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Melanie Klein
Melanie Klein

Well Known Figures in Psychoanalysis


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Well Known Figures in Psychoanalysis



Alfred Adler (1890 - 1937)

Alfred Adler was born in a Vienna suburb to a Jewish grain merchant and his
wife. He had rickets which kept him from walking until he was four, and he
almost died from pneumonia when he was five. He grew up to study
medicine, first specialising in ophthalmology, then turning to general practice
before becoming interested in psychiatry. In 1902, he was invited to join
Freud's Psychological Wednesday Group, the forerunner of the Vienna
Psycho-analytical Society, at which they would discuss Freud's work.
Adler is described as ambitious, and Freud regarded him initially as a
very able addition to the psychoanalytic ranks, but it was not long before he
began to create trouble and dissent. He declared himself to have misgivings
about much of Freud's theory, in particular in the central place it assigned to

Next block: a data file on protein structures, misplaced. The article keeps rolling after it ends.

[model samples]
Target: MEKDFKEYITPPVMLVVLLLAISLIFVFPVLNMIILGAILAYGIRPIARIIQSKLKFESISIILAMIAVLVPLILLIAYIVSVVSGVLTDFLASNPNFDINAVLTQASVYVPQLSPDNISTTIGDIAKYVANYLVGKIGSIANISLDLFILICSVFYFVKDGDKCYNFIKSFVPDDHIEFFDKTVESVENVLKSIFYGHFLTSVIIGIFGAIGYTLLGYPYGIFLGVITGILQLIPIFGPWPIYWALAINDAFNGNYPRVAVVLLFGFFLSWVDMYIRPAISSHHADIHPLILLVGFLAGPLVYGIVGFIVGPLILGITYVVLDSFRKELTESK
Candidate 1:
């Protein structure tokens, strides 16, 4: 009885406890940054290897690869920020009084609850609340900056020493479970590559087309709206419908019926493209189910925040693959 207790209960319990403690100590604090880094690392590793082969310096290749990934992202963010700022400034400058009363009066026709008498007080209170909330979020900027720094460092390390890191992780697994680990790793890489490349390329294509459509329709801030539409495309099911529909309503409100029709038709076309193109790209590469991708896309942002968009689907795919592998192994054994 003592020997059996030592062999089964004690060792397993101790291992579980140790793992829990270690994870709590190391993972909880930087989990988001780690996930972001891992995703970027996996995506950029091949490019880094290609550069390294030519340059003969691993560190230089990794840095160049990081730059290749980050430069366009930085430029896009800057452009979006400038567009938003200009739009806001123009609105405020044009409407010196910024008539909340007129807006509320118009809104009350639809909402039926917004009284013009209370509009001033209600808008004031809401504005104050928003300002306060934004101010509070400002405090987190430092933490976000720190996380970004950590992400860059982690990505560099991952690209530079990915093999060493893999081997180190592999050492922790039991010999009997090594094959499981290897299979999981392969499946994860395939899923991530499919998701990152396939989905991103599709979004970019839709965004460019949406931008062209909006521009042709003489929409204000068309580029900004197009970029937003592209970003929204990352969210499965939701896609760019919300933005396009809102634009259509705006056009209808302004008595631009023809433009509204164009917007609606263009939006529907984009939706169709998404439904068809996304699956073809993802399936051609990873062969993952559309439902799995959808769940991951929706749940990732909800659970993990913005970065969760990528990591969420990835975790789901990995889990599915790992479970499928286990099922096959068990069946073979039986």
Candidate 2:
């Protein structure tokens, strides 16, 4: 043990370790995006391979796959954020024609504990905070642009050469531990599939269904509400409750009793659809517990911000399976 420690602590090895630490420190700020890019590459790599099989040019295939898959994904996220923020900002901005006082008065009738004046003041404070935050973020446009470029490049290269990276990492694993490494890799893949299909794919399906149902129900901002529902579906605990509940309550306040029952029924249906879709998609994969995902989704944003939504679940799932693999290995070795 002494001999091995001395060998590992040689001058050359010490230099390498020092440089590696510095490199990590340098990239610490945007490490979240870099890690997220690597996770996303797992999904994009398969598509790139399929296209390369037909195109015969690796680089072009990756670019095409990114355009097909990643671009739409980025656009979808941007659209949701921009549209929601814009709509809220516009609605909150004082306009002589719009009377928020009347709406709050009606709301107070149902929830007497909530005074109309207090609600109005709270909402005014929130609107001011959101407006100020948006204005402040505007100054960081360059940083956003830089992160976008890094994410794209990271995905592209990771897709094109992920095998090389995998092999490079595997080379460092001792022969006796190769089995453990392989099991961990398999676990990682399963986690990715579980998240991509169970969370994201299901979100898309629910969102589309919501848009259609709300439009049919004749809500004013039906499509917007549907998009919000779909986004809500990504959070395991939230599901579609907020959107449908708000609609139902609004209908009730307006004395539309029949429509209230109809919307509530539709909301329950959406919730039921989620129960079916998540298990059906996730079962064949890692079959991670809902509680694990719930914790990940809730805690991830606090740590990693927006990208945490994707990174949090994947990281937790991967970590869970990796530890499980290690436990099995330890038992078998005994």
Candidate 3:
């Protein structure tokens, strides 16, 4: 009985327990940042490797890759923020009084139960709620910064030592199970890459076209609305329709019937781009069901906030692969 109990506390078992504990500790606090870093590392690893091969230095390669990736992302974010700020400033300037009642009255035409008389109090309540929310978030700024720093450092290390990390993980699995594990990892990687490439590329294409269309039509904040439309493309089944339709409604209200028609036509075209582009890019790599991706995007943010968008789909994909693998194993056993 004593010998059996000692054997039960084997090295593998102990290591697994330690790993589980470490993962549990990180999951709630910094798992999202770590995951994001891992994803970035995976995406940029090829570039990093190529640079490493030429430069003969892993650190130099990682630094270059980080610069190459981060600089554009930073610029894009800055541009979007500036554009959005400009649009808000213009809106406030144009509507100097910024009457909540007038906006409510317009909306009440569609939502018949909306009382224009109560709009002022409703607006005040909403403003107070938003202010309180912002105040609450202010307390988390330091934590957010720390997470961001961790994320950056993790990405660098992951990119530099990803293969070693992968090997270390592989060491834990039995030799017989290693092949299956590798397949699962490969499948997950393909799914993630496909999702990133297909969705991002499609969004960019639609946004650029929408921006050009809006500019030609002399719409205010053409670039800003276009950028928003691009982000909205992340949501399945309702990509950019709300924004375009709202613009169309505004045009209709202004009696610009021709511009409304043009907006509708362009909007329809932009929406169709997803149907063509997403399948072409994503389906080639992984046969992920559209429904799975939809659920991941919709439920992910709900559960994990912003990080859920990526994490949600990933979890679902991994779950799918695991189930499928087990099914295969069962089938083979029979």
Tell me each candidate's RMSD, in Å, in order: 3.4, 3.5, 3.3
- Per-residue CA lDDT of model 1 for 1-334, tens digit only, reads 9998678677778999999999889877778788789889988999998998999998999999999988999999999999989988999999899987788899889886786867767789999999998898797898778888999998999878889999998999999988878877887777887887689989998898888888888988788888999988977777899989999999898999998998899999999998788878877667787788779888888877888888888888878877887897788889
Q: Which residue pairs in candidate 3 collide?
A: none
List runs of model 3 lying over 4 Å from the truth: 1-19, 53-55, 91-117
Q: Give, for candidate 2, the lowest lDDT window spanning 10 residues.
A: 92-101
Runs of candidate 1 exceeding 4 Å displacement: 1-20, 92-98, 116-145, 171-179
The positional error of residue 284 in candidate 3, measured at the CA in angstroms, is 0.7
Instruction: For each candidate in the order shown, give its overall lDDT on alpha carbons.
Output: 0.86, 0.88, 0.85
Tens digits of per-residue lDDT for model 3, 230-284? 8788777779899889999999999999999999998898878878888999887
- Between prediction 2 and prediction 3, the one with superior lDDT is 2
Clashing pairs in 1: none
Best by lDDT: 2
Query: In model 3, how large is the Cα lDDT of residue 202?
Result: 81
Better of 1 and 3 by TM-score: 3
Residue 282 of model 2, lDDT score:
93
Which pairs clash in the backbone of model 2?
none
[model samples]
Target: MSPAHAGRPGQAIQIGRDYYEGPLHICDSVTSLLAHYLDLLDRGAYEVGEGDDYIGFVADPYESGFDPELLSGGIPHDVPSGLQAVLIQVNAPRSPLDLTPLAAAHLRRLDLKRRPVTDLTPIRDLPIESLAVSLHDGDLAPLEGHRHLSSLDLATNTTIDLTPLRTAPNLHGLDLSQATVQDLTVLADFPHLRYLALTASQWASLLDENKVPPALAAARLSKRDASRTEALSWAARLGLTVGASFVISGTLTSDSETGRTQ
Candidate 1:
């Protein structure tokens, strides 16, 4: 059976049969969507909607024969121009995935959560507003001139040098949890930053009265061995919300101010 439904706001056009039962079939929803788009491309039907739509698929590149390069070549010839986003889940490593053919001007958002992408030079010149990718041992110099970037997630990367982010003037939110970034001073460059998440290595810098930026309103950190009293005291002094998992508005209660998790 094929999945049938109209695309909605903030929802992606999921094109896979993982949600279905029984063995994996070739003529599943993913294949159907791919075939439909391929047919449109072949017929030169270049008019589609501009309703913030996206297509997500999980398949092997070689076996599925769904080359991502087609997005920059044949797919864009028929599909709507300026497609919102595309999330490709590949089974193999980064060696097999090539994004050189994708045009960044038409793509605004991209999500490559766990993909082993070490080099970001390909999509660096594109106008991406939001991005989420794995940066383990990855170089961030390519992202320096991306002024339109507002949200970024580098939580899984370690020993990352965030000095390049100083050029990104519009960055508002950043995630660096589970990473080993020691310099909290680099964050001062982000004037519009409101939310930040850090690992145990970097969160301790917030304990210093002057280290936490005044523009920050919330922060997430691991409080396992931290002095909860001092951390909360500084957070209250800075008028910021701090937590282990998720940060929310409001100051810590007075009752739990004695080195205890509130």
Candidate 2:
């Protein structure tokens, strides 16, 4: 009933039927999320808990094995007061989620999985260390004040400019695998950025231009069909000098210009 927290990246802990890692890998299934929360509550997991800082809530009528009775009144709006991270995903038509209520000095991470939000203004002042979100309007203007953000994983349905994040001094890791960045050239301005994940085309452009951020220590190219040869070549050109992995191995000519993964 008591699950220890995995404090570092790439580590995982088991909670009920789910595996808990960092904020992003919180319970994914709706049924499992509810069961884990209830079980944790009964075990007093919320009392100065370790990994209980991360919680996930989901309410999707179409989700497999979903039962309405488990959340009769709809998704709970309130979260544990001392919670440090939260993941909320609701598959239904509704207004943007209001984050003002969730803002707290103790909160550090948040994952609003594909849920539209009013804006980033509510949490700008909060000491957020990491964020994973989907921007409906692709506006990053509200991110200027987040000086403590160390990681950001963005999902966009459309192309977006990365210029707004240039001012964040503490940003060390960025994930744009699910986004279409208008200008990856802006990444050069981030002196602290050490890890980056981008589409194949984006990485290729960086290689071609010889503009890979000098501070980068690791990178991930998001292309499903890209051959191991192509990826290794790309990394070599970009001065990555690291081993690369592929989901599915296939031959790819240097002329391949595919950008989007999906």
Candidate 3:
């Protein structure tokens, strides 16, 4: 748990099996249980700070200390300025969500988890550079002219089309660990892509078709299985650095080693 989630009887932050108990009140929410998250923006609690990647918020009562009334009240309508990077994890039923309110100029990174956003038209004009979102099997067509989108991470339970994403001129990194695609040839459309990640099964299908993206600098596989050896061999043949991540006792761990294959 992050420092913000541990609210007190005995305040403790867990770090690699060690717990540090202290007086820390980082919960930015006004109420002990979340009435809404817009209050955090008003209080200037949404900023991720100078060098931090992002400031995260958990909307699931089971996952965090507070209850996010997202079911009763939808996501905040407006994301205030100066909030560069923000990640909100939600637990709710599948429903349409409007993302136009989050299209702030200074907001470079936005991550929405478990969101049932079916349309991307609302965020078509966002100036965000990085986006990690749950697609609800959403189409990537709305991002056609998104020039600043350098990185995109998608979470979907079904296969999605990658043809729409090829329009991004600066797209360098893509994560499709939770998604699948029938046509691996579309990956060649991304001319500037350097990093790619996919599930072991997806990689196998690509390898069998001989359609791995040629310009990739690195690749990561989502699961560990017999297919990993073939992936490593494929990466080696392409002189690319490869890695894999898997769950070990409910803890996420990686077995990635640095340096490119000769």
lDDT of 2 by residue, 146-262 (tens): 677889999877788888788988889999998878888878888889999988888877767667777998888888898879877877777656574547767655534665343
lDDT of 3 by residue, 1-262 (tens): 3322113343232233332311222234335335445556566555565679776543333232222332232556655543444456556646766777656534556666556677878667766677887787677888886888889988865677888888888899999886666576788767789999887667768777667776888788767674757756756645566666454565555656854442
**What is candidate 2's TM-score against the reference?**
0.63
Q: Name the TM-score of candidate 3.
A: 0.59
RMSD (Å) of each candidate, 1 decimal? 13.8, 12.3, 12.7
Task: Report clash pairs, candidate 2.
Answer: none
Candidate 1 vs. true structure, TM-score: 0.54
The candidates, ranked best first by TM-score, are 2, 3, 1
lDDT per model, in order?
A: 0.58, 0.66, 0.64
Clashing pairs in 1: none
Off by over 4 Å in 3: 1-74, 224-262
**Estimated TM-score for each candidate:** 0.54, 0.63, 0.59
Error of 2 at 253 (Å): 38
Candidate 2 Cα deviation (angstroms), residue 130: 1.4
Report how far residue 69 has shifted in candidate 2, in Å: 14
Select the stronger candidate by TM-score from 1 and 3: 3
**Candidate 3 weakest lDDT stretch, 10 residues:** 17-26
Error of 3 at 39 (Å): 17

sexuality. Instead, he posited as the single drive of humankind a striving for
perfection. This striving resulted from a desire to compensate for perceived
inferiority, and in particular, organ inferiority, which he first noticed in
women and called the masculine protest, but later extended to all people.
This attempt to compensate was fuelled by innate aggressiveness and
neurotic suffering was caused by a failure to compensate. Later still Adler
was to emphasise the pursuit of superiority as central to humankind.
Childhood experience was seen as important by Adler and he theorised the
effects of pampering, neglect, and birth order. But he discarded Freud's
notions of repression, unconscious processes and infantile sexuality and
stressed the innate and physiological roots of human psychic development.
He retained an interest in dreams and fantasy but analysed them more
in the here and now,. He also jettisoned any notion of the transference
and saw patients sitting up and face to face.

In 1911 Adler led the first split in a psychoanalytic association, thereby
establishing a tendency that persists today. His influence may be seen in
psychotherapists such as Abraham Maslow and Carl Rogers as well as
psychoanalysts such as Karen Horney and Erich Fromm.
He published many texts, the most famous of which is his Study of
Human Nature first published in English in 1927, and for further information
on his work, see The Individual Psychology of Alfred Adler by H & R Ansbacher.

Selected Works:
Study of Human Nature first published in English in 1927
Further Reading:
The Individual Psychology of Alfred Adler by H & R Ansbacher
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